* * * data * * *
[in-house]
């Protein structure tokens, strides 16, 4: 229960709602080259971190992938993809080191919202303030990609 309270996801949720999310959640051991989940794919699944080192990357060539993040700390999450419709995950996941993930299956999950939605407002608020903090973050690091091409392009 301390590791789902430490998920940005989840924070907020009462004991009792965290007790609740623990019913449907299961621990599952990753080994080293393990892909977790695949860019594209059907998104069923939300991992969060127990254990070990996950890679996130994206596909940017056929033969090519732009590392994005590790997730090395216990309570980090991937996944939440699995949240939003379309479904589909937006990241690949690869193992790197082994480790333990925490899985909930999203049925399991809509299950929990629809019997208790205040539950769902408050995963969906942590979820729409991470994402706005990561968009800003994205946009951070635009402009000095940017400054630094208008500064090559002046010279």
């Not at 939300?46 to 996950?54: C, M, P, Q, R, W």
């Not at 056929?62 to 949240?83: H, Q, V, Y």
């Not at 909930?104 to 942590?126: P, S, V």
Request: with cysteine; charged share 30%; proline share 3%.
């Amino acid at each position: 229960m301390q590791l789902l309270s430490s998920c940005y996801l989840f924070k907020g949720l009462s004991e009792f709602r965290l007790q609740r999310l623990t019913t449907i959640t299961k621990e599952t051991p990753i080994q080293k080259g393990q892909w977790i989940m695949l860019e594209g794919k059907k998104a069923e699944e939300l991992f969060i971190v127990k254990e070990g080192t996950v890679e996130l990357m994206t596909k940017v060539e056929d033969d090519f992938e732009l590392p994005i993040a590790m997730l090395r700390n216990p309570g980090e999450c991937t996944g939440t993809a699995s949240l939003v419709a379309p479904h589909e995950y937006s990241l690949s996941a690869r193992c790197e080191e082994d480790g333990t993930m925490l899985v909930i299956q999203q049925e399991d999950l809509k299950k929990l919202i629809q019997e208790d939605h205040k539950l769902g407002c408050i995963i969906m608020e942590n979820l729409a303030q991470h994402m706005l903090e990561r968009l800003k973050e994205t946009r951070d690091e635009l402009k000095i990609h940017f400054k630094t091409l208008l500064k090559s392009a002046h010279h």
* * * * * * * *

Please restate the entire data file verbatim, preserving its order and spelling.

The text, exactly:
[in-house]
């Protein structure tokens, strides 16, 4: 229960709602080259971190992938993809080191919202303030990609 309270996801949720999310959640051991989940794919699944080192990357060539993040700390999450419709995950996941993930299956999950939605407002608020903090973050690091091409392009 301390590791789902430490998920940005989840924070907020009462004991009792965290007790609740623990019913449907299961621990599952990753080994080293393990892909977790695949860019594209059907998104069923939300991992969060127990254990070990996950890679996130994206596909940017056929033969090519732009590392994005590790997730090395216990309570980090991937996944939440699995949240939003379309479904589909937006990241690949690869193992790197082994480790333990925490899985909930999203049925399991809509299950929990629809019997208790205040539950769902408050995963969906942590979820729409991470994402706005990561968009800003994205946009951070635009402009000095940017400054630094208008500064090559002046010279």
């Not at 939300?46 to 996950?54: C, M, P, Q, R, W």
């Not at 056929?62 to 949240?83: H, Q, V, Y």
């Not at 909930?104 to 942590?126: P, S, V």
Request: with cysteine; charged share 30%; proline share 3%.
């Amino acid at each position: 229960m301390q590791l789902l309270s430490s998920c940005y996801l989840f924070k907020g949720l009462s004991e009792f709602r965290l007790q609740r999310l623990t019913t449907i959640t299961k621990e599952t051991p990753i080994q080293k080259g393990q892909w977790i989940m695949l860019e594209g794919k059907k998104a069923e699944e939300l991992f969060i971190v127990k254990e070990g080192t996950v890679e996130l990357m994206t596909k940017v060539e056929d033969d090519f992938e732009l590392p994005i993040a590790m997730l090395r700390n216990p309570g980090e999450c991937t996944g939440t993809a699995s949240l939003v419709a379309p479904h589909e995950y937006s990241l690949s996941a690869r193992c790197e080191e082994d480790g333990t993930m925490l899985v909930i299956q999203q049925e399991d999950l809509k299950k929990l919202i629809q019997e208790d939605h205040k539950l769902g407002c408050i995963i969906m608020e942590n979820l729409a303030q991470h994402m706005l903090e990561r968009l800003k973050e994205t946009r951070d690091e635009l402009k000095i990609h940017f400054k630094t091409l208008l500064k090559s392009a002046h010279h």